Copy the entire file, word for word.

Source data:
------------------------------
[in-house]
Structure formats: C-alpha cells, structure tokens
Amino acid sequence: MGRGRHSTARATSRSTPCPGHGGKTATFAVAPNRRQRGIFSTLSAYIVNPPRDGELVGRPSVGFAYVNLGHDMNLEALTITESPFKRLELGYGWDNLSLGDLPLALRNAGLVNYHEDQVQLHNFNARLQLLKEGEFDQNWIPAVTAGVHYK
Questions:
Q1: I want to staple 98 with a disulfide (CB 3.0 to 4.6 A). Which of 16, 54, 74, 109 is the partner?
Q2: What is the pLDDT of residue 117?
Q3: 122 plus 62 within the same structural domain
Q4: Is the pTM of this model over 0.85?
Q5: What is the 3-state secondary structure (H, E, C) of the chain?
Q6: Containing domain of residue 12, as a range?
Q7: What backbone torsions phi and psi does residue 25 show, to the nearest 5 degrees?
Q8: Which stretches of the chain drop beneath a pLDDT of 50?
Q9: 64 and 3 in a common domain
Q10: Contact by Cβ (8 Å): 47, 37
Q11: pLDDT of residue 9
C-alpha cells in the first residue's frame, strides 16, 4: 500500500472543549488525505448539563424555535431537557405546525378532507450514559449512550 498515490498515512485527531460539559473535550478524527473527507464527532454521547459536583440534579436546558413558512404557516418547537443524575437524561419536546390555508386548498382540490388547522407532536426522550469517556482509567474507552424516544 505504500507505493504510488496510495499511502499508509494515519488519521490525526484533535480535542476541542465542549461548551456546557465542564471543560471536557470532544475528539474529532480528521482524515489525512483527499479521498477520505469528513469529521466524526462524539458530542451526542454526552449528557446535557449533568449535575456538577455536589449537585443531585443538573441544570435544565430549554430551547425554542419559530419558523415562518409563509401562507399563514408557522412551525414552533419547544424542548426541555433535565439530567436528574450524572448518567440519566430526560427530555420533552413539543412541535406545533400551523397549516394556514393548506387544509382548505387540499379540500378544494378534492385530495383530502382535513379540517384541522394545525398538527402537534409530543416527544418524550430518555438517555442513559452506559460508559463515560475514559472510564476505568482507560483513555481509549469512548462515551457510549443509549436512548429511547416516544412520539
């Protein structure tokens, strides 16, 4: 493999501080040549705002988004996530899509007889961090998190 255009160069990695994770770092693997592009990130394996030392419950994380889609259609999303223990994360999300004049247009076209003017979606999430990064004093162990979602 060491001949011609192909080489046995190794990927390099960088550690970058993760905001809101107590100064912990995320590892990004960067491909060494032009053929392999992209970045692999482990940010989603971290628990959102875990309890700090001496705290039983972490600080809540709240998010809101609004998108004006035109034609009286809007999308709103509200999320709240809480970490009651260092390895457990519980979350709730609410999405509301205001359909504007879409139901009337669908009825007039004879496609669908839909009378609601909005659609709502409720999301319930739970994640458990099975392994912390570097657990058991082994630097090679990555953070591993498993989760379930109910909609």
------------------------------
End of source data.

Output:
[in-house]
Structure formats: C-alpha cells, structure tokens
Amino acid sequence: MGRGRHSTARATSRSTPCPGHGGKTATFAVAPNRRQRGIFSTLSAYIVNPPRDGELVGRPSVGFAYVNLGHDMNLEALTITESPFKRLELGYGWDNLSLGDLPLALRNAGLVNYHEDQVQLHNFNARLQLLKEGEFDQNWIPAVTAGVHYK
Questions:
Q1: I want to staple 98 with a disulfide (CB 3.0 to 4.6 A). Which of 16, 54, 74, 109 is the partner?
Q2: What is the pLDDT of residue 117?
Q3: 122 plus 62 within the same structural domain
Q4: Is the pTM of this model over 0.85?
Q5: What is the 3-state secondary structure (H, E, C) of the chain?
Q6: Containing domain of residue 12, as a range?
Q7: What backbone torsions phi and psi does residue 25 show, to the nearest 5 degrees?
Q8: Which stretches of the chain drop beneath a pLDDT of 50?
Q9: 64 and 3 in a common domain
Q10: Contact by Cβ (8 Å): 47, 37
Q11: pLDDT of residue 9
C-alpha cells in the first residue's frame, strides 16, 4: 500500500472543549488525505448539563424555535431537557405546525378532507450514559449512550 498515490498515512485527531460539559473535550478524527473527507464527532454521547459536583440534579436546558413558512404557516418547537443524575437524561419536546390555508386548498382540490388547522407532536426522550469517556482509567474507552424516544 505504500507505493504510488496510495499511502499508509494515519488519521490525526484533535480535542476541542465542549461548551456546557465542564471543560471536557470532544475528539474529532480528521482524515489525512483527499479521498477520505469528513469529521466524526462524539458530542451526542454526552449528557446535557449533568449535575456538577455536589449537585443531585443538573441544570435544565430549554430551547425554542419559530419558523415562518409563509401562507399563514408557522412551525414552533419547544424542548426541555433535565439530567436528574450524572448518567440519566430526560427530555420533552413539543412541535406545533400551523397549516394556514393548506387544509382548505387540499379540500378544494378534492385530495383530502382535513379540517384541522394545525398538527402537534409530543416527544418524550430518555438517555442513559452506559460508559463515560475514559472510564476505568482507560483513555481509549469512548462515551457510549443509549436512548429511547416516544412520539
């Protein structure tokens, strides 16, 4: 493999501080040549705002988004996530899509007889961090998190 255009160069990695994770770092693997592009990130394996030392419950994380889609259609999303223990994360999300004049247009076209003017979606999430990064004093162990979602 060491001949011609192909080489046995190794990927390099960088550690970058993760905001809101107590100064912990995320590892990004960067491909060494032009053929392999992209970045692999482990940010989603971290628990959102875990309890700090001496705290039983972490600080809540709240998010809101609004998108004006035109034609009286809007999308709103509200999320709240809480970490009651260092390895457990519980979350709730609410999405509301205001359909504007879409139901009337669908009825007039004879496609669908839909009378609601909005659609709502409720999301319930739970994640458990099975392994912390570097657990058991082994630097090679990555953070591993498993989760379930109910909609």